US Undersecretary for Arms Control Andrea Thompson has stated that the 60 days given to Russia on the INF Treaty was "not an ultimatum." However, Russia must either end its development of its 9M729 missile system or modify the weapon so it is in compliance with the INF Treaty, Thompson stressed.
Separately, the issue has been commented on by US Ambassador to Russia Jon Huntsman, who told reporters in a conference call on Thursday that Washington was "not walking away from arms control" despite its plans to suspend adherence to the INF Treaty.
"I heard somebody today say that we were somehow giving an ultimatum… and I have to say this is exactly the opposite of an ultimatum. This has been very methodically worked now over two administrations by the years, dozens of engagements at very senior level," Huntsman said.
"We are doing this to preserve the viability and integrity of arms control agreements more broadly. We remain committed to arms control, but we need a reliable partner and do not have one in Russia on INF — or for that matter on other treaties that it's violating," Huntsman claimed, adding that Moscow allegedly "has not shown any indication so far that it seeks to return to full compliance."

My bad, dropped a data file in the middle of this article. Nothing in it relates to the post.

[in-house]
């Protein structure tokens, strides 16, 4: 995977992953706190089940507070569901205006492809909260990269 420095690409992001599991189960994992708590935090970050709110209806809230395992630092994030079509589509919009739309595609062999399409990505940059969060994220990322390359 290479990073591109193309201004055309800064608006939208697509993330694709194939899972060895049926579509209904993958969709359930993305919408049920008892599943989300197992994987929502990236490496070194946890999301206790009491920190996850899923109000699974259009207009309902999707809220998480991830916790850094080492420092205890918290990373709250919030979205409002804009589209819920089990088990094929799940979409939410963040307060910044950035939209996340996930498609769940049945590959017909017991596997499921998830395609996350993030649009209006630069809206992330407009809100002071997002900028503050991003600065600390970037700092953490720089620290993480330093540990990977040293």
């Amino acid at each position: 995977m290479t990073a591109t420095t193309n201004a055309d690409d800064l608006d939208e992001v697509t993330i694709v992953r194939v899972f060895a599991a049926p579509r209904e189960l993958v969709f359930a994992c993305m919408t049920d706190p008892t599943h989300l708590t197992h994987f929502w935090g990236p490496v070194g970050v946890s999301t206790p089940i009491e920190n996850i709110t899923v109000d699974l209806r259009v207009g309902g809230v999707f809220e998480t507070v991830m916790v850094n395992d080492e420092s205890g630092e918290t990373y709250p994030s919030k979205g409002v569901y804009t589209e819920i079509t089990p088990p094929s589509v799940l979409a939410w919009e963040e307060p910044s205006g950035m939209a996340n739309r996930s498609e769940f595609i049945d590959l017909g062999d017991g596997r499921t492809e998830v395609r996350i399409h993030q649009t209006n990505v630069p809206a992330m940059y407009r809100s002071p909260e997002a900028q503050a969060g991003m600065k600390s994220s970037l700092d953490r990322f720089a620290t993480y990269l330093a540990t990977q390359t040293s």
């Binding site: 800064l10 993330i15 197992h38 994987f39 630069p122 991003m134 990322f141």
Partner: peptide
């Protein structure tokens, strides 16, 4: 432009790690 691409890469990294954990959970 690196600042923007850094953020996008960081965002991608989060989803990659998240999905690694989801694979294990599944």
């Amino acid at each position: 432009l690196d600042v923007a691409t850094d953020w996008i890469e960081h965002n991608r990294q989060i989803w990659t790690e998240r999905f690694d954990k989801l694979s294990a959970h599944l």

The statement comes two days after US Secretary of State Mike Pompeo said during a press conference in Brussels that Washington would suspend its adherence to the INF Treaty in 60 days unless Moscow "returned to full compliance with the agreement."
Commenting on the allegations, Russian President Vladimir Putin stated that the US side had not provided any evidence of Moscow's "violations" of the treaty, adding that Washington was trying to find pretexts to justify its exit from the historic document.
In turn, Russian Foreign Ministry spokeswoman Maria Zakharova said Moscow fully complied with the treaty and Washington was aware of this.
The INF treaty was signed between the Soviet Union and the United States in December 1987 and required the parties to destroy their ground-launched ballistic and cruise missiles with ranges of between 500 and 5,500 kilometers (from 311 to 3,317 miles).